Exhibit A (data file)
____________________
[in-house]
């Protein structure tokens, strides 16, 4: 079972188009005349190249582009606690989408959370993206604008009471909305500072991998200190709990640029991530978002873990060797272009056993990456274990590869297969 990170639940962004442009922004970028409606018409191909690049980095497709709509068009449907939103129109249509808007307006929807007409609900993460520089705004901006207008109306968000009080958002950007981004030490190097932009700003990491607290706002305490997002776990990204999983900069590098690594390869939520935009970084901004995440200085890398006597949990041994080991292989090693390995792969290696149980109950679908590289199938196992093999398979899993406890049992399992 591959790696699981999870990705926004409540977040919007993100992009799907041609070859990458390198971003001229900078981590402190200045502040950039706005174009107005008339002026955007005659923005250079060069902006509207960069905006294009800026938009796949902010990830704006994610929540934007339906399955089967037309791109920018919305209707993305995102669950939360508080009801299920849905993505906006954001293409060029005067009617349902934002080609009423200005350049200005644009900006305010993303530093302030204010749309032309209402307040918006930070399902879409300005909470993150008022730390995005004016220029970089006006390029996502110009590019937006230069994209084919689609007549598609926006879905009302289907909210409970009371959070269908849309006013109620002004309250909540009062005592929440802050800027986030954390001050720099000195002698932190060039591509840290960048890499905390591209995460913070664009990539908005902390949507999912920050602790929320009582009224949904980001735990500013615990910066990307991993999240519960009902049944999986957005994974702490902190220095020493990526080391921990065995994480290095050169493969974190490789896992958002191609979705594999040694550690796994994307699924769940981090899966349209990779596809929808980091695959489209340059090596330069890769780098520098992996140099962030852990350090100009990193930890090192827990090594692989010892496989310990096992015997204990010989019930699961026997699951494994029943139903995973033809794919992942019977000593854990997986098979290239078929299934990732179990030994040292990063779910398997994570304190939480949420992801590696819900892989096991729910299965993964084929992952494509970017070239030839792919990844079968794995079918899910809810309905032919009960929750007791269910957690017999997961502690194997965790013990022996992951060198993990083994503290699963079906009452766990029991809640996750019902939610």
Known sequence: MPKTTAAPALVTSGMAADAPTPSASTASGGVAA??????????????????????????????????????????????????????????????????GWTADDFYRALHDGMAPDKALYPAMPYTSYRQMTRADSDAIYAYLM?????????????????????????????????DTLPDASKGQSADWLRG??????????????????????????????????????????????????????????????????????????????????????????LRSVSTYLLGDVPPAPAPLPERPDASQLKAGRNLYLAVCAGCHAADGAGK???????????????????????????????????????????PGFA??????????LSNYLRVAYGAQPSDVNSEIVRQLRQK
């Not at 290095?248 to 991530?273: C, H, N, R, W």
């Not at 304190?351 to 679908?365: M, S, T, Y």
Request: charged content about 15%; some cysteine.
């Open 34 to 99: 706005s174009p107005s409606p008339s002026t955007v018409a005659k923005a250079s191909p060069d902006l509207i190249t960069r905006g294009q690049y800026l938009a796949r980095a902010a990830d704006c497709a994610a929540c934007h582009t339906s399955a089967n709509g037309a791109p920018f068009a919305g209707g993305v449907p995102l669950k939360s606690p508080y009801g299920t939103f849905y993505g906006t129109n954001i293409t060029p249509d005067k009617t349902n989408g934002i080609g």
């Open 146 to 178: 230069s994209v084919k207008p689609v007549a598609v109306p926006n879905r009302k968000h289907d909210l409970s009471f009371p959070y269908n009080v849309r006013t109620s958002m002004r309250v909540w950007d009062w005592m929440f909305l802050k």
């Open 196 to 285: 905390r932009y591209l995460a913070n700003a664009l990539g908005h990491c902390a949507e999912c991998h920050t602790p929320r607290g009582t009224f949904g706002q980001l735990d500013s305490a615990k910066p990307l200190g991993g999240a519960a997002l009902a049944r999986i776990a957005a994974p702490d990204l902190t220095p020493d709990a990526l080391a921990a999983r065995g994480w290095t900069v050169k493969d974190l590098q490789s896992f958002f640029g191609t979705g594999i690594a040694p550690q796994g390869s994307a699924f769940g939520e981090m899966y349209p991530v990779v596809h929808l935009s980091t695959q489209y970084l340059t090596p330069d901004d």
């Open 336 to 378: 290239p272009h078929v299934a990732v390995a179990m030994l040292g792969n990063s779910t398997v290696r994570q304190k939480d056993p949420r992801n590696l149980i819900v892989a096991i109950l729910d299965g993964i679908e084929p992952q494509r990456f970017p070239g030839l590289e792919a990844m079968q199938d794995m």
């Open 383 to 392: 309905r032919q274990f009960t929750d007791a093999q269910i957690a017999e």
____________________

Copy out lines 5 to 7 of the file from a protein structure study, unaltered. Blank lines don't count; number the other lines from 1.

């Not at 304190?351 to 679908?365: M, S, T, Y």
Request: charged content about 15%; some cysteine.
């Open 34 to 99: 706005s174009p107005s409606p008339s002026t955007v018409a005659k923005a250079s191909p060069d902006l509207i190249t960069r905006g294009q690049y800026l938009a796949r980095a902010a990830d704006c497709a994610a929540c934007h582009t339906s399955a089967n709509g037309a791109p920018f068009a919305g209707g993305v449907p995102l669950k939360s606690p508080y009801g299920t939103f849905y993505g906006t129109n954001i293409t060029p249509d005067k009617t349902n989408g934002i080609g």